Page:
This was a community that put nature first, and the effects were tangible. They were passionate about the environment and they worked with the dedicated teachers to become pioneers – such as establishing one of the most efficient recycling and environmentally conscious middle schools in the entire state. Moreover, they were passionate participants in Jane Goodall’s Roots and Shoots program, and Goodall herself came to visit the school and spent a few days there, staying with the teachers and marveling at the dedication to nature.
These school children would spend their weekends picking up litter on the beaches – one of the students told me how he freed a seagull from getting its beak stuck in a can of beer on the beach. And their conservation efforts extended to working with Woodshole to prevent coastal erosion and preserve marine life. When you see school children so concerned about the fate of Nature, it gives you hope.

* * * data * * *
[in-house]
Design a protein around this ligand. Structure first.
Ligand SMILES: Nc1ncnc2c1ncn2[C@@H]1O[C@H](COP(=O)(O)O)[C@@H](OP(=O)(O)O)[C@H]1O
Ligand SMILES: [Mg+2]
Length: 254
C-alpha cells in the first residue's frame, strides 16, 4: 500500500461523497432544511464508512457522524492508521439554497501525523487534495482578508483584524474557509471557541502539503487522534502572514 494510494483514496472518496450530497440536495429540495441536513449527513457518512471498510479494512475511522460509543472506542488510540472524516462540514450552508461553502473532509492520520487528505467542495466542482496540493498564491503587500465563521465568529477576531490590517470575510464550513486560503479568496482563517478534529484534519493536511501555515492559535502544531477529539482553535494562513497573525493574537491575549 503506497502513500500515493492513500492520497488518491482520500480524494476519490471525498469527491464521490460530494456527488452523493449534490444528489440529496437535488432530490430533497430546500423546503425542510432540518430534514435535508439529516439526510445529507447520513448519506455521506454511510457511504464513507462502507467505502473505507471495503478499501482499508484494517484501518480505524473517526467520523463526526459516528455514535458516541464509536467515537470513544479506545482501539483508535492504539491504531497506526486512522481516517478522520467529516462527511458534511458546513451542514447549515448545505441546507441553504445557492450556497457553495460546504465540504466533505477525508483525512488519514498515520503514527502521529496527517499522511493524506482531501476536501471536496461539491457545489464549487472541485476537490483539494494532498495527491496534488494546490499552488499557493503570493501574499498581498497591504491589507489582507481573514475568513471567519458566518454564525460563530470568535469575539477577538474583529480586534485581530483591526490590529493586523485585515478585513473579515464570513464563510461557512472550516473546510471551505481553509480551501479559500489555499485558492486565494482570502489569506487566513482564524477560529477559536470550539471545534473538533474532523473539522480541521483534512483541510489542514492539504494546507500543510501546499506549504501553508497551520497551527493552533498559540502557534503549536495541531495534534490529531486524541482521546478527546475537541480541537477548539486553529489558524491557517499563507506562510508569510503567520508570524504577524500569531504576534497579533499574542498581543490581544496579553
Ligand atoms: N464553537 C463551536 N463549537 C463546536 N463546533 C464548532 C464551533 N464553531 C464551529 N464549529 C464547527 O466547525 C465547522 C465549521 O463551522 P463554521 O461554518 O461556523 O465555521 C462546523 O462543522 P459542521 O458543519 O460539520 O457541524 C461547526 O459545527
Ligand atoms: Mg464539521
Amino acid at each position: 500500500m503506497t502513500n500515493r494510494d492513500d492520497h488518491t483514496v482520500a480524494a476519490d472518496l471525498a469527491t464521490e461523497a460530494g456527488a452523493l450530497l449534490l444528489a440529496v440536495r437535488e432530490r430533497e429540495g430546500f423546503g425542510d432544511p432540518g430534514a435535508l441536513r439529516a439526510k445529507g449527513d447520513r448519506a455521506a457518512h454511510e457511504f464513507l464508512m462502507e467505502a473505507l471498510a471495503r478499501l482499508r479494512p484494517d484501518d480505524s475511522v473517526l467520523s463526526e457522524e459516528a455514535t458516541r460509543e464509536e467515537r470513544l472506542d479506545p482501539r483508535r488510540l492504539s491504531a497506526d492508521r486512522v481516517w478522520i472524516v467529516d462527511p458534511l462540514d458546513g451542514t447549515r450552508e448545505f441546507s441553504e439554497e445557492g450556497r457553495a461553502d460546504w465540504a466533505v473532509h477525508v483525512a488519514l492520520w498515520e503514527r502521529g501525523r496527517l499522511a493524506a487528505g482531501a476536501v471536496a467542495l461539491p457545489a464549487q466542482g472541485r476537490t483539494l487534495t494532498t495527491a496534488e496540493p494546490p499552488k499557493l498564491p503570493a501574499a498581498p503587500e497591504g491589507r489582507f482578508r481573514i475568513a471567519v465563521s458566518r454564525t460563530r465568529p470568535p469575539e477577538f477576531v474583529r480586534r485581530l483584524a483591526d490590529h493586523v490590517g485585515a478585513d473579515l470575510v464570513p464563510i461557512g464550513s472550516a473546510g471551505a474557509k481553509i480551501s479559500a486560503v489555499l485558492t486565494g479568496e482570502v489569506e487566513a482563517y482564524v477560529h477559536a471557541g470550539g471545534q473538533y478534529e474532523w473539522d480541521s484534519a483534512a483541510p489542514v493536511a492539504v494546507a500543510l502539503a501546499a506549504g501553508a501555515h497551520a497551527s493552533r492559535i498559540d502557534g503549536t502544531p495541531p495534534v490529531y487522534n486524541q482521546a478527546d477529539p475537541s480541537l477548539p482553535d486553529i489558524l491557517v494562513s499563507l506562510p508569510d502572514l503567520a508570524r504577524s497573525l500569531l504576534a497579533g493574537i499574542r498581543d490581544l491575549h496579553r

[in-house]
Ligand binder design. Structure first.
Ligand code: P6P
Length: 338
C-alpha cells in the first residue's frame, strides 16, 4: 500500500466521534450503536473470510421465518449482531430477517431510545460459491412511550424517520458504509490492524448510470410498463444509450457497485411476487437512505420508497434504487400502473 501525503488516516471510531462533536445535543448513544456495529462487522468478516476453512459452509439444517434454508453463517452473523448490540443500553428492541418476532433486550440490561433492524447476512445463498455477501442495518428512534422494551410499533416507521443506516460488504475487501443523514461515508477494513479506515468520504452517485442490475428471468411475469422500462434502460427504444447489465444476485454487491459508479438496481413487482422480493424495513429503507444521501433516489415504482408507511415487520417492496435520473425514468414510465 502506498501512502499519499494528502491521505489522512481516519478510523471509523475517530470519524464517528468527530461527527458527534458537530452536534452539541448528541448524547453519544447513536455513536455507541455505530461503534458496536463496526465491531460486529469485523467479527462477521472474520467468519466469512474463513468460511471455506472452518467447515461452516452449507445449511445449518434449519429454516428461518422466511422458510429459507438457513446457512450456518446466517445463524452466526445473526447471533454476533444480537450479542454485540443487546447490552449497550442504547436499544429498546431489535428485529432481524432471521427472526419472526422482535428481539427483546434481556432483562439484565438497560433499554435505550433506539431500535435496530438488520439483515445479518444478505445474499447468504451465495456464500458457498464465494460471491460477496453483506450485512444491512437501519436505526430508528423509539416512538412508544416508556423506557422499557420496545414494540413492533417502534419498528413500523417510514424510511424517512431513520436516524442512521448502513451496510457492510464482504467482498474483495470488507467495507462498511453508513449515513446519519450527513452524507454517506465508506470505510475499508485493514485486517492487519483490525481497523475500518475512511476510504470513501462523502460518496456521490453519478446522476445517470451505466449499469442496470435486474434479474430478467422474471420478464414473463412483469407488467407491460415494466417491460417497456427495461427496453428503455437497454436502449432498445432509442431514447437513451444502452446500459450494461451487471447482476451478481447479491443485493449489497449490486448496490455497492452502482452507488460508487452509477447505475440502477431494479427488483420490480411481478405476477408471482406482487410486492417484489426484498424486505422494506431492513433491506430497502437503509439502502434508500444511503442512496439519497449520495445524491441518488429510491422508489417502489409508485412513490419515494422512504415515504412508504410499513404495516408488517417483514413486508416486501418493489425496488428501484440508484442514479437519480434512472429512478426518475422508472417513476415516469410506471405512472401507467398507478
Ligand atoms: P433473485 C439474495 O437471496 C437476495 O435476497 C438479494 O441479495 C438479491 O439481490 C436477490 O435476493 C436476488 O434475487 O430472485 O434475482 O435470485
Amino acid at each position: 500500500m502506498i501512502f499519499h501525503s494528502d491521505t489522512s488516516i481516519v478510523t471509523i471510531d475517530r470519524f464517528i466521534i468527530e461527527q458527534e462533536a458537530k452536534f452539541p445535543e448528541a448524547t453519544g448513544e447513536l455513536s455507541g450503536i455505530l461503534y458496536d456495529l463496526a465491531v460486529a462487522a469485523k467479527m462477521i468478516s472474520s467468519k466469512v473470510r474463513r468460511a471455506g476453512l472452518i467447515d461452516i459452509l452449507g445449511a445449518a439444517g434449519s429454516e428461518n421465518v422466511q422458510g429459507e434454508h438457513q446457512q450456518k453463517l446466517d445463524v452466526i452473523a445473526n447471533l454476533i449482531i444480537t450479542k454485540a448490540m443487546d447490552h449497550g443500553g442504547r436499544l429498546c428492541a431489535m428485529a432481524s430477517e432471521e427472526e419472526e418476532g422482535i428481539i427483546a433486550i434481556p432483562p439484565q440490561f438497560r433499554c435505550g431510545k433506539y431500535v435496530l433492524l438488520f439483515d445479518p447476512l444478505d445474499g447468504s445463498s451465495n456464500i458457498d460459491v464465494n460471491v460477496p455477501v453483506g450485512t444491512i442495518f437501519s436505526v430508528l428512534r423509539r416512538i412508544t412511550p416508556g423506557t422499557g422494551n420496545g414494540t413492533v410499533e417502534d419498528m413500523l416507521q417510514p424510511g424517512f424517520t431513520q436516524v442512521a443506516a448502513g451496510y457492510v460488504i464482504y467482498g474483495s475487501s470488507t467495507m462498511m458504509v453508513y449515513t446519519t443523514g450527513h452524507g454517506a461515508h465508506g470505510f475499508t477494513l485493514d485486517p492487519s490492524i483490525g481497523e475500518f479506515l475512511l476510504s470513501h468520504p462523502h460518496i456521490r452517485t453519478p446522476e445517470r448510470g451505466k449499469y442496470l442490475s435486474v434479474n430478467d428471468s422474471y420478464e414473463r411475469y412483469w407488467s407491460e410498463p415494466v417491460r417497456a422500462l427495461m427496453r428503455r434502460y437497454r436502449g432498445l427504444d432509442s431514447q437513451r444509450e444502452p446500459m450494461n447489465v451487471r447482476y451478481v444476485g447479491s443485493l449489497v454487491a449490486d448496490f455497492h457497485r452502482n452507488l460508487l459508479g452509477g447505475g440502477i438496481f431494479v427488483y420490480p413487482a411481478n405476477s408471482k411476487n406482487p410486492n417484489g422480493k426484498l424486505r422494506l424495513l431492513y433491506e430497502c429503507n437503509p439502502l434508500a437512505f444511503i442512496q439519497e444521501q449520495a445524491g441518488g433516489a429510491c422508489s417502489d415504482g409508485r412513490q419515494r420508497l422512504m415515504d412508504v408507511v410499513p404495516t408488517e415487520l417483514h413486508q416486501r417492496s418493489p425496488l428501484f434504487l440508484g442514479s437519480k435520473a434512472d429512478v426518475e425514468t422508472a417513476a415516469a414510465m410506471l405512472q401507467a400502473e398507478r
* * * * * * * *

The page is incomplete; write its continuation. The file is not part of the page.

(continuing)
We see those pockets of hope, or, as Jane Goodall titled her book, A Reason for Hope; everywhere, amidst the increasingly toxic consumer culture we live in.
Richard Louv talks a lot about the potential of having a “hybrid mind” or a hybrid mindset, whereby we are neither givers nor takers, we are partakers and part-givers of the cycle of nature; we are nature-savvy participants.
Growing and eating your own food is ‘nature-savvy’ and is a concept that is increasingly valued in the school system in America thanks to the work of progressive organizations such as The Center for EcoLiteracy.
They are even restoring the lost art of eating lunch:
In their pioneering experiments with “Rethinking Lunchtime” they have helped to research and inspire policy commitments to support schools in planting and gardening cultivation as well as cooking curriculum:
“.. gardening and cooking programs are supported by federal nutrition education monies to schools ..where more than 50 percent of students qualify for National Lunch Program subsidies.
Professor Gardner’s concept of being Nature Smart is the one type of intelligence that most clearly connects with our soul, rather than simply our mind. It is not just logical, rational, mechanical intelligence, it is holistic intelligence based upon ‘connectedness’. ‘Connectedness’ is the very essence of The Brick Project.